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Sacking after £75,000 fuel thefts at Northumberland council depots

A COUNCIL employee has been sacked and another handed a final written warning following a major fraud investigation into the theft of fuel from two council depots in Northumberland.

A COUNCIL employee has been sacked and another handed a final written warning following a major fraud investigation into the theft of fuel from two council depots in Northumberland.

The internal probe was launched almost a year ago after evidence was uncovered of the large-scale theft of about £75,000 worth of fuel kept at county council yards in Blyth and Stakeford.

The investigation was carried out by the authority’s audit and highways departments, and also looked into rumours that similar fuel fraud had been committed at other depots.

The investigation resulted in two members of the council’s staff being disciplined. One was dismissed and the other was given a formal written warning. A third employee who was also suspected of being involved in the fuel theft was subsequently dismissed for other reasons relating to gross misconduct.

The results of the probe have been reported to members of the authority’s audit committee, together with a range of measures which have been implemented to avoid a repeat of the incidents.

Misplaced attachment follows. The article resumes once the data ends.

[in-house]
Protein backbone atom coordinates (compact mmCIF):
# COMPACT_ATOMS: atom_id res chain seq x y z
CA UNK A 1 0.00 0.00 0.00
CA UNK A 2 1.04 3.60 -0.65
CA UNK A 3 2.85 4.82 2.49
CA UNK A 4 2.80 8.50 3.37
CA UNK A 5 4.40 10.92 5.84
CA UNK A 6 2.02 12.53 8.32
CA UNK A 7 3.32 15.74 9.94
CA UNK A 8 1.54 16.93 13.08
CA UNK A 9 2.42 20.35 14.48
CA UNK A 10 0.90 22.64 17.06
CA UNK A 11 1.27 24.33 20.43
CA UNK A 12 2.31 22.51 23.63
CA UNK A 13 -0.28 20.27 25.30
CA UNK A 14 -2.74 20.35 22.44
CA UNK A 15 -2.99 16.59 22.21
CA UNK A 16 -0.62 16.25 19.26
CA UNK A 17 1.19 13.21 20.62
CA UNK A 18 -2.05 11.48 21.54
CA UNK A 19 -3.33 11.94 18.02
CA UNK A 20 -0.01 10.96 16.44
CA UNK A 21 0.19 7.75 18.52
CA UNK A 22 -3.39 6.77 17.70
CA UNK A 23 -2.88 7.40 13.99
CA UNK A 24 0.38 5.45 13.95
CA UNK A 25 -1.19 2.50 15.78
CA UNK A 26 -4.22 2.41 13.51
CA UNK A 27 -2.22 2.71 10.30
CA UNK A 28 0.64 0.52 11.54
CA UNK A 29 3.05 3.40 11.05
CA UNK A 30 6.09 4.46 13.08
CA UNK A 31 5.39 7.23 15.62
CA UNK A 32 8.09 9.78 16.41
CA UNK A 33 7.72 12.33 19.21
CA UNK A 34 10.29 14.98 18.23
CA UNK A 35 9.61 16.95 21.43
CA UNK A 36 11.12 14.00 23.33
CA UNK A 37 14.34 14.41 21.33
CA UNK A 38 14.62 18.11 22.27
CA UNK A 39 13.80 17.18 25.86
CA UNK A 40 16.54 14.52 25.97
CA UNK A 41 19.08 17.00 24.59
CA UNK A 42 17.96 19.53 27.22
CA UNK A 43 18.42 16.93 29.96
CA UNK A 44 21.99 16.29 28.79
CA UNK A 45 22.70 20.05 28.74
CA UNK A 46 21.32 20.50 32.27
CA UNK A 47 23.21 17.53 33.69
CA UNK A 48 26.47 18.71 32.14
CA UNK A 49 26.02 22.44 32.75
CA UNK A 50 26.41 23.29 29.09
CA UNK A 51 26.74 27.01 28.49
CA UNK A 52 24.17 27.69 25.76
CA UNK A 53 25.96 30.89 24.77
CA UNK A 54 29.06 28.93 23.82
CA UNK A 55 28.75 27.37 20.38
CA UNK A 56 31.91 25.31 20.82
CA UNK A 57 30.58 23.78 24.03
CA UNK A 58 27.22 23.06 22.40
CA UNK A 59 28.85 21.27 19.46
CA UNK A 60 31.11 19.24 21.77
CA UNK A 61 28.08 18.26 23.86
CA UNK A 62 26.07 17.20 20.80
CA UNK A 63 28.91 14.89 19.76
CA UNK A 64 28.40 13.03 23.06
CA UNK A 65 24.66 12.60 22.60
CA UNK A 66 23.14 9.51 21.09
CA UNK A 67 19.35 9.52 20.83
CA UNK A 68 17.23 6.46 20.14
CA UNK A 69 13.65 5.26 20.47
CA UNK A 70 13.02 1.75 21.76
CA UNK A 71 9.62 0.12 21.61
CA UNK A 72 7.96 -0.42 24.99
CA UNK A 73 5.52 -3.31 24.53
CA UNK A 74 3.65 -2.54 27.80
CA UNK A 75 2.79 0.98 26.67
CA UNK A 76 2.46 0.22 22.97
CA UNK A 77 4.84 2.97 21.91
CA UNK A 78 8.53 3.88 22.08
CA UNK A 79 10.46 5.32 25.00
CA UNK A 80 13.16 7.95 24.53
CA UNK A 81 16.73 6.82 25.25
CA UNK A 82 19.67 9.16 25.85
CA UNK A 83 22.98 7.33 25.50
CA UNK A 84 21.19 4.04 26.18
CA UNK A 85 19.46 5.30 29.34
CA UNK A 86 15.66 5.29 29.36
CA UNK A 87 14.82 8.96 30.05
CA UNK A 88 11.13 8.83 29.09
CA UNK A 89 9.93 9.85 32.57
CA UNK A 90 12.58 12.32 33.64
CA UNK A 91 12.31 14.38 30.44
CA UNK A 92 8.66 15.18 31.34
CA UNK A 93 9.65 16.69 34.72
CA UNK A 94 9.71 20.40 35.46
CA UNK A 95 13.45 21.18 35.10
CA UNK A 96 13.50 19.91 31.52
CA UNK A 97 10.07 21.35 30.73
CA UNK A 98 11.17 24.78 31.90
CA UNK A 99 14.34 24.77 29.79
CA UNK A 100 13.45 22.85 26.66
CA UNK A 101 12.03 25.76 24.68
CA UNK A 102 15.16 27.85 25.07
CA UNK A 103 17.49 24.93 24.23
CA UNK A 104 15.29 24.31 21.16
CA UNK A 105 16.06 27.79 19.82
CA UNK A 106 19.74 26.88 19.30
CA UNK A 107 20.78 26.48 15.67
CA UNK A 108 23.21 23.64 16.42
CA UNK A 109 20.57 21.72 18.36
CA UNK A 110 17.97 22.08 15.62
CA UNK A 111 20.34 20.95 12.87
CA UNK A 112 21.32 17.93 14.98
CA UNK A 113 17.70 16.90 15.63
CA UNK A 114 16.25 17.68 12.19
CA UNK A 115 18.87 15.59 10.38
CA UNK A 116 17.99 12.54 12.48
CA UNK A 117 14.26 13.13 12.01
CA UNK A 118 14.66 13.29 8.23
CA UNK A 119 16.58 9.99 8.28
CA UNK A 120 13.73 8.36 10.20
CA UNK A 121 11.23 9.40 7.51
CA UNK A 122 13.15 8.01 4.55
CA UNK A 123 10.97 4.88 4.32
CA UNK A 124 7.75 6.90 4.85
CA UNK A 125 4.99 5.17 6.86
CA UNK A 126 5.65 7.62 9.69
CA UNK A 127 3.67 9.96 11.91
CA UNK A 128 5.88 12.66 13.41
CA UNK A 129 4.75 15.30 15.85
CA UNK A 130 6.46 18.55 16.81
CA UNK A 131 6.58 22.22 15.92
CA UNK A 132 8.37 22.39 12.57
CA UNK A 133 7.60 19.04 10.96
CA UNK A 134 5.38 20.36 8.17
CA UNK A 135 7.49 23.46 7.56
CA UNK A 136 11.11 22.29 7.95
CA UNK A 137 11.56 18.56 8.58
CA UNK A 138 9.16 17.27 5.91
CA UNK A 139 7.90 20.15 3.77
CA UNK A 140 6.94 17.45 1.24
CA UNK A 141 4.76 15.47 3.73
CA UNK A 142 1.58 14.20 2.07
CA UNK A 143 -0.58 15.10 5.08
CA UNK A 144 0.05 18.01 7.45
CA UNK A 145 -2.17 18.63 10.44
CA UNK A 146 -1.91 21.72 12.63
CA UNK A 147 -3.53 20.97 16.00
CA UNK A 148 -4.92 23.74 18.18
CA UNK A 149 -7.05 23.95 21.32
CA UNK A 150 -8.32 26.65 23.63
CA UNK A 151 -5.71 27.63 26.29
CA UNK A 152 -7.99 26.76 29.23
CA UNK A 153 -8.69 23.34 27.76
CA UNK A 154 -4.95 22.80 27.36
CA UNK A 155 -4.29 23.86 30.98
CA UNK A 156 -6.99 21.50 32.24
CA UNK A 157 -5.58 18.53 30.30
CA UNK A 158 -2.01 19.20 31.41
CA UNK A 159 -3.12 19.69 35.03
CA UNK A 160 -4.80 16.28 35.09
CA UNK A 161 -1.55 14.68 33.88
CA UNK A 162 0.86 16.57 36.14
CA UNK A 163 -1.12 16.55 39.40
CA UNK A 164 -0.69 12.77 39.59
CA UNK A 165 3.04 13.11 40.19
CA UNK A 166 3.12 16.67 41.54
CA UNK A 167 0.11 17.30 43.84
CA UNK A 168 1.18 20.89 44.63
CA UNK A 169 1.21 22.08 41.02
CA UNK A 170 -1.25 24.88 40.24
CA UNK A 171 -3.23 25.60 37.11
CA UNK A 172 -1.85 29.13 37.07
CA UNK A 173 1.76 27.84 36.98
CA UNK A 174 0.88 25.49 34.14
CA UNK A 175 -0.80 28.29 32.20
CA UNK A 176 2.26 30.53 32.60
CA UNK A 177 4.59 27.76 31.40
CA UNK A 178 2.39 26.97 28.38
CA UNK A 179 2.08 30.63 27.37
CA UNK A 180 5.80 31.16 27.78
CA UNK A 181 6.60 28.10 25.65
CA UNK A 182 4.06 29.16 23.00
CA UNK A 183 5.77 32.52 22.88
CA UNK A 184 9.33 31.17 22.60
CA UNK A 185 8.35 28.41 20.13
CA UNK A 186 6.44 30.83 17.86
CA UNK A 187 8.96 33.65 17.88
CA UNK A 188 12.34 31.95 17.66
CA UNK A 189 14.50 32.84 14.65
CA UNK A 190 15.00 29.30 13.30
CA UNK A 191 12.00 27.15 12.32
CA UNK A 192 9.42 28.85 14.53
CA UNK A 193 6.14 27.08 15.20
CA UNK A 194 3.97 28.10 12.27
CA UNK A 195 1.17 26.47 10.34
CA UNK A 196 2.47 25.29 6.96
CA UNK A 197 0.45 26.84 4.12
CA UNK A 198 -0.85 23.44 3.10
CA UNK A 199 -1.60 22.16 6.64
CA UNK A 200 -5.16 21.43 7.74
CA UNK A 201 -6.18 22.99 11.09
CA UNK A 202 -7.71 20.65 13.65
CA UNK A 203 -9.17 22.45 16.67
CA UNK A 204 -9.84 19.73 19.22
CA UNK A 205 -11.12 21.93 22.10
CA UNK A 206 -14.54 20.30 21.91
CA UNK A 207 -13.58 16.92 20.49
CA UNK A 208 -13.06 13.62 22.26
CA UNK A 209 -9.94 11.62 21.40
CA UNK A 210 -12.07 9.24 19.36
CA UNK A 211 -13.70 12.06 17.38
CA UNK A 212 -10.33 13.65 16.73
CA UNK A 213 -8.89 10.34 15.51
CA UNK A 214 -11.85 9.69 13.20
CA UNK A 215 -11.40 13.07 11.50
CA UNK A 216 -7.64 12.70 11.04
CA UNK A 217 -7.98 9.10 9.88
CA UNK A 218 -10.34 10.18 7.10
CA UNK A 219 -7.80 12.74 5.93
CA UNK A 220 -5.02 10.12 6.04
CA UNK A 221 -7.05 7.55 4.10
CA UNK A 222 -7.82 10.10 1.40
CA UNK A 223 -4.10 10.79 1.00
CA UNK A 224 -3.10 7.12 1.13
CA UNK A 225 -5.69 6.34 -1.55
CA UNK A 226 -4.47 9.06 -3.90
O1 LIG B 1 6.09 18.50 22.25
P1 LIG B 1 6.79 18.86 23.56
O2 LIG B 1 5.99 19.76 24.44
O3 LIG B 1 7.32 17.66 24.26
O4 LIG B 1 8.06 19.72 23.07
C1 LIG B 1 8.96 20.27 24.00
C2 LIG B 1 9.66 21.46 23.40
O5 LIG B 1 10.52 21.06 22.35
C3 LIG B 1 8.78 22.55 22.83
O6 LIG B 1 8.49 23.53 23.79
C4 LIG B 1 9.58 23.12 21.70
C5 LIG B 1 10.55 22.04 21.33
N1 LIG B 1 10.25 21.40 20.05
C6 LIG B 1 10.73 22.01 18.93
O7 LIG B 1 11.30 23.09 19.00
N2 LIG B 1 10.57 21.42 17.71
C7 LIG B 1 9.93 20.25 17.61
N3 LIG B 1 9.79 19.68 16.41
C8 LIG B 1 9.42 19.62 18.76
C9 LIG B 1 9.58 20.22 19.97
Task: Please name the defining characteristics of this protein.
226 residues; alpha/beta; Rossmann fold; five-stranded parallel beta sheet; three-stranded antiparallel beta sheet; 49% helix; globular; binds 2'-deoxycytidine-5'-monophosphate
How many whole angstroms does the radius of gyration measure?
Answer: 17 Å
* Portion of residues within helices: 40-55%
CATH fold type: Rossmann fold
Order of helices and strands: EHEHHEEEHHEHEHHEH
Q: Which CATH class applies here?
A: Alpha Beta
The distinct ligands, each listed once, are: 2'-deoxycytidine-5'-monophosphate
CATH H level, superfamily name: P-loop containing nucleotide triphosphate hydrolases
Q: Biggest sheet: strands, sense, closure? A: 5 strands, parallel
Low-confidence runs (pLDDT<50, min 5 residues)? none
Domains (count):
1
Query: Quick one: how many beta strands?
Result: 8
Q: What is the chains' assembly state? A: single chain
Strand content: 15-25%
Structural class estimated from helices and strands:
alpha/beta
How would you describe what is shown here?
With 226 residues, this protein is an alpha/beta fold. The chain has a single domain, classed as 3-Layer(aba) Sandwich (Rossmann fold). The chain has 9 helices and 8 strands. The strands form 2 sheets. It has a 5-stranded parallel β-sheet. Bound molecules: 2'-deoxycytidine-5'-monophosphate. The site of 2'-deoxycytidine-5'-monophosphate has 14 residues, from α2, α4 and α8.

The investigation uncovered no evidence of fuel fraud at rural depots, but work is now being carried out to examine what security measures may be needed there.

It was launched three months after Northumbria Police issued a warning about the growing number of thefts of fuel from remote business parks, vehicle depots and industrial sites in Northumberland.

Insurance company NFU Mutual said there had been a significant rise in claims and payouts, with the North East being one of the worst areas of the country for fuel theft.

The report to the council’s audit committee said action has been taken by operational teams, service managers and fleet bosses to avoid a repeat of fuel thefts from depots.

This includes CCTV coverage being introduced for the fuel pumps at the Blyth depot, and existing cameras upgraded at Stakeford.

All employee PIN numbers have been re-issued, all keys fobs returned and reissued to ensure they are linked to the correct vehicle and staff given written instructions for the security of their PINs and fobs.

The only outstanding measure is to formally review security and procedures at rural depots.

Yesterday audit committee chairman Coun Terry Robson said the investigation had involved a very substantial quantity of fuel.

“The committee looked at this was of our concerns, and because we wanted to reassure ourselves that proper steps have been taken at all council depots regarding management, control and security of fuel.

“We were assured and satisfied that proper procedures are now in place, and the officers said they will take on board other suggestions made at the meeting.”

Coun Robson said the matter would be reported to Northumbria Police.

 

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